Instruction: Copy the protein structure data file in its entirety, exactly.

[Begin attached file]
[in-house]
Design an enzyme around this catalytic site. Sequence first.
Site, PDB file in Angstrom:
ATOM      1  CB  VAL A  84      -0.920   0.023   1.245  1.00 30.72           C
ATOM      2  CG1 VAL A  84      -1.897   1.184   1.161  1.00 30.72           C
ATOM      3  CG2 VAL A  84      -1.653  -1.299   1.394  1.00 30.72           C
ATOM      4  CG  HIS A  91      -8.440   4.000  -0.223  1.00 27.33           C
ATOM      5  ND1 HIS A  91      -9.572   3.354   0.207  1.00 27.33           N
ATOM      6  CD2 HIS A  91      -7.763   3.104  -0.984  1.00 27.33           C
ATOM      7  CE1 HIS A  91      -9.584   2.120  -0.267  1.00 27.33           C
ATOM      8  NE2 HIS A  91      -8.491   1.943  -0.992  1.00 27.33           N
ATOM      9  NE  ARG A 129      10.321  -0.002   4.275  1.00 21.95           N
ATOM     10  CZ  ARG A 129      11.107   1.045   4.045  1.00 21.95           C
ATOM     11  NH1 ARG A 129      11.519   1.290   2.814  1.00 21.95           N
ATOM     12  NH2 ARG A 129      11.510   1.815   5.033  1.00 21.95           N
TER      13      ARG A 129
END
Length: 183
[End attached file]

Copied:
[in-house]
Design an enzyme around this catalytic site. Sequence first.
Site, PDB file in Angstrom:
ATOM      1  CB  VAL A  84      -0.920   0.023   1.245  1.00 30.72           C
ATOM      2  CG1 VAL A  84      -1.897   1.184   1.161  1.00 30.72           C
ATOM      3  CG2 VAL A  84      -1.653  -1.299   1.394  1.00 30.72           C
ATOM      4  CG  HIS A  91      -8.440   4.000  -0.223  1.00 27.33           C
ATOM      5  ND1 HIS A  91      -9.572   3.354   0.207  1.00 27.33           N
ATOM      6  CD2 HIS A  91      -7.763   3.104  -0.984  1.00 27.33           C
ATOM      7  CE1 HIS A  91      -9.584   2.120  -0.267  1.00 27.33           C
ATOM      8  NE2 HIS A  91      -8.491   1.943  -0.992  1.00 27.33           N
ATOM      9  NE  ARG A 129      10.321  -0.002   4.275  1.00 21.95           N
ATOM     10  CZ  ARG A 129      11.107   1.045   4.045  1.00 21.95           C
ATOM     11  NH1 ARG A 129      11.519   1.290   2.814  1.00 21.95           N
ATOM     12  NH2 ARG A 129      11.510   1.815   5.033  1.00 21.95           N
TER      13      ARG A 129
END
Length: 183